I went to college for teaching. Even finished a master’s degree in literacy education. But let’s be real. With our first three children each being a year apart, the costs of adequate childcare for our little ones equated to just about as much as what I would be bringing home each day working in the classroom and at the time, it just didn’t justify me being away from our children. And so began my roll as a stay-at-home mom. I cherished those early years, but I found out pretty quickly that time was fleeting and I wanted so badly to learn how to document their childhood “better”.
I had a Kodak EasyShare back then and of course recognized how limiting a point and shoot could be and so I began researching entry-level dslr’s. The decision between Nikon and Canon for me was an easy one. One of my first photography inspirations was my husband. When I met him, he was a hobbyist, using one of his great uncles Nikon film slr’s. I discovered his lenses would be compatible with the Nikon bodies I was looking at and so, heading into 2008, I bought my first DSLR, a Nikon d80.
I got home and took that d80 out of the shiny golden Nikon box, set it to auto and began shooting. I’m going to be very honest when I say I really had NO idea about photography. I mean, I could look at other artist’s photos and know it was a good image, but I had no idea what took place in the “making” of that picture. ISO, shutter speed and aperture had no meaning to me. I remember that first day, playing back my images and thinking, “these are worse than my point and shoot!”
But I refused to put that camera down. I was determined to learn. I began reading my manual. Cover to cover. Absorbing everything I could from it. I would hold my camera in one hand, manual in the other and familiarize myself with every element of the camera. What I couldn’t learn through my manual, I would scour the internet, trying to understand whatever I could. Most importantly though, for me, was PRACTICE. I learned MOST from actually shooting. And I found the most inspiration in shooting my kids. Everyday. All day. And I loved it.
When I finally thought I understood enough to get off auto, I moved to aperture priority. Being able to control just the aperture and letting the camera determine the ISO and shutter speed for me was a lot less daunting than doing everything on my own that early in the game. It wasn’t right away, but over time I was ready to take the leap into shooting in manual mode and that was HUGE for me. Slowly I was beginning to learn HOW to shoot and I was actually beginning to see some growth and it inspired me to keep on learning.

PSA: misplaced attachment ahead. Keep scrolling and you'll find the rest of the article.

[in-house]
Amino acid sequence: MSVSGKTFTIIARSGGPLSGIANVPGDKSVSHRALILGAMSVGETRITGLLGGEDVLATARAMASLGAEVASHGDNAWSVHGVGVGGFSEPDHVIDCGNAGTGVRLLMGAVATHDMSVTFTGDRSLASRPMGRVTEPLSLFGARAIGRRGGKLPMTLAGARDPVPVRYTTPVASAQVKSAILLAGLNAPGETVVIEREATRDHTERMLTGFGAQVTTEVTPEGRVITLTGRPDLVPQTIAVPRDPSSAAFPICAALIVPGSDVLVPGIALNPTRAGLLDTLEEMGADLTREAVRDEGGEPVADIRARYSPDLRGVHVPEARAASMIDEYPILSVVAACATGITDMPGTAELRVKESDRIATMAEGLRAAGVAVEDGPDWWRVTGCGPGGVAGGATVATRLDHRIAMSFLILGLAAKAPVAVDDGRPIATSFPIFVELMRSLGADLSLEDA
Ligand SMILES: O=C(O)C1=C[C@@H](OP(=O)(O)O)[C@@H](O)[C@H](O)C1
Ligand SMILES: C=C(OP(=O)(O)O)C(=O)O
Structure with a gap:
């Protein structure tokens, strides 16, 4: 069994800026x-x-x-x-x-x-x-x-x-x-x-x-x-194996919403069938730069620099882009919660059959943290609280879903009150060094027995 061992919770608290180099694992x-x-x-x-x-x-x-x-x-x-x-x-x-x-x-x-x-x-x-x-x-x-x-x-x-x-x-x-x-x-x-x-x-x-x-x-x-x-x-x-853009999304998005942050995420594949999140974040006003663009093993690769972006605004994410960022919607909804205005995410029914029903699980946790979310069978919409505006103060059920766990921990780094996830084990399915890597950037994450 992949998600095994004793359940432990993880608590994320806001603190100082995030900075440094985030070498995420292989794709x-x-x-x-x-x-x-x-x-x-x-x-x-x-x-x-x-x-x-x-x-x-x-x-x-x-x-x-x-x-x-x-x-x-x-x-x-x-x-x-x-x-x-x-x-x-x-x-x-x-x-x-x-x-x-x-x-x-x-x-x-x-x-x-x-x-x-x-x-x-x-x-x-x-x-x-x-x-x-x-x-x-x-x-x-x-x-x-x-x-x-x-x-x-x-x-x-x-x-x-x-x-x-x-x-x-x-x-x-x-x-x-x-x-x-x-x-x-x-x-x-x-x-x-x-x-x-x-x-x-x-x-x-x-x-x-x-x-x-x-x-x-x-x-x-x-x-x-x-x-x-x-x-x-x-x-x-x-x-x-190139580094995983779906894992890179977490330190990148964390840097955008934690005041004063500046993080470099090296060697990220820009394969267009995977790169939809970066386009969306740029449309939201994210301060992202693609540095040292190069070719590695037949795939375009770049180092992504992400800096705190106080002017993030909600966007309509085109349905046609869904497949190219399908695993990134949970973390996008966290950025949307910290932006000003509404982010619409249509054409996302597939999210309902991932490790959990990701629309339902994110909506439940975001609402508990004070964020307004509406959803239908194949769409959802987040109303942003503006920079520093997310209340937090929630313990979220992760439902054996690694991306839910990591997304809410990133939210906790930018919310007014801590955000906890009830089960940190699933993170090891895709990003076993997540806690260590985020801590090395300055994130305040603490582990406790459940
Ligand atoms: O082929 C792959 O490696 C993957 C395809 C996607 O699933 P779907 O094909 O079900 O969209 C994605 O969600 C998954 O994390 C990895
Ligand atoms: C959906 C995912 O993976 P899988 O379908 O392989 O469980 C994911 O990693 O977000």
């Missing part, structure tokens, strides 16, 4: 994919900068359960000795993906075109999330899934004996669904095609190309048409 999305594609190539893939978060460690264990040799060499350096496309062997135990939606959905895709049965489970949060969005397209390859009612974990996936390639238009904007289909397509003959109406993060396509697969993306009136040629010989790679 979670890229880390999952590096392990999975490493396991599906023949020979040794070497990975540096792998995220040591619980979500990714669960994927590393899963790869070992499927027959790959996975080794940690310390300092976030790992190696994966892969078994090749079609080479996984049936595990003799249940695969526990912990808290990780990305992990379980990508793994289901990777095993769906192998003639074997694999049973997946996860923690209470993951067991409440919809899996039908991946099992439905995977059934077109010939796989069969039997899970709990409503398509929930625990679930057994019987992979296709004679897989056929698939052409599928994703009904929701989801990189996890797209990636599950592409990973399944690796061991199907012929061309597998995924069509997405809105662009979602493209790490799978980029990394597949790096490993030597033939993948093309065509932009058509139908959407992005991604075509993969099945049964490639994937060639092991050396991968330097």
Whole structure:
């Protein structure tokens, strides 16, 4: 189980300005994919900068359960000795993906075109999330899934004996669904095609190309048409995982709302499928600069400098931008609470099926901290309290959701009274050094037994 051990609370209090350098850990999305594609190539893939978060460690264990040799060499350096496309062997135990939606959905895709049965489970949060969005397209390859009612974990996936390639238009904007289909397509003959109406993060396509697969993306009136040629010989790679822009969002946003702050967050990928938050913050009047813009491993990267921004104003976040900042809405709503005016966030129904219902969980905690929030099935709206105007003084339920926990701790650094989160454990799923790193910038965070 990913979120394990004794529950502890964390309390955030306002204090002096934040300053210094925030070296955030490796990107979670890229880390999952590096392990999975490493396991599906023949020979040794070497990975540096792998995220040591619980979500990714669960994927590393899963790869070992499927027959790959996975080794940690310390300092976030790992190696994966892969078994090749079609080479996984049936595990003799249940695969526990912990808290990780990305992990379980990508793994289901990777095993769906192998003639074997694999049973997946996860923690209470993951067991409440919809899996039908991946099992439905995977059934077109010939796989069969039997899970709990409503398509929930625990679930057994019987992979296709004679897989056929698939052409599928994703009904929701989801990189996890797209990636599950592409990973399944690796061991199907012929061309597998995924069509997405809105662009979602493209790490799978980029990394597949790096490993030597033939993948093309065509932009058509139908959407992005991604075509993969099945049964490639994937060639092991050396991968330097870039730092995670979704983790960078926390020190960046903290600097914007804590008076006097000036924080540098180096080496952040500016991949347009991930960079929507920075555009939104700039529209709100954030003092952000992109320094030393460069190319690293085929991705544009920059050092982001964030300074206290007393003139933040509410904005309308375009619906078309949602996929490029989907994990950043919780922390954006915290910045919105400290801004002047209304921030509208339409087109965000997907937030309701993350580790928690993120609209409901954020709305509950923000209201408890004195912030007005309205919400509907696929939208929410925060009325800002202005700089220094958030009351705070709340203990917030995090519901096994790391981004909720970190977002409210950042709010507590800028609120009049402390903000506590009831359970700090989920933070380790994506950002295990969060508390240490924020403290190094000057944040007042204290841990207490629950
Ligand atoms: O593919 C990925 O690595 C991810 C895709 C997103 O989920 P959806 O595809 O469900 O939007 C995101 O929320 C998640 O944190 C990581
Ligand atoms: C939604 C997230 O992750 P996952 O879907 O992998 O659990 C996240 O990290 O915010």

Living on a one family income and adding another child into the mix in 2008, began to take its toll on us financially. My husband and I were at a place where we needed to make a decision on whether I would head back into the world of teaching or explore another avenue. At that point, friends had been noticing my pictures and had started asking me to shoot their kids and admittedly I wasn’t quite ready to give up my time home with my own children completely. And so in March of 2009, began Jessica Svoboda Photography.
Now, keep in mind, I had no business experience or background (besides the one economics course I nearly failed during my undergrad program). I learned what I could about running a business on my own. A lot of it was admittedly trial and error. Through my encounters with my clients, I discovered what worked and what didn’t and I was constantly making changes to try to better the way I did things.
I’d like to say those first couple years it was all butterflies and roses. But it wasn’t. Within that first year I was booked to the brim. I was beyond grateful for the support I had within my business, but at the same time, I felt like I was loosing sight of what had inspired me in the first place.
And then, I lost another photography inspiration. My Aunt. Like my husband, she too was a hobbyist, but I drew a lot of inspiration from watching her photograph what was important to her on an everyday basis. Grieving her loss along with being blessed with our fifth child later that year, left me questioning what I was actually DOING with my photography and where I was headed.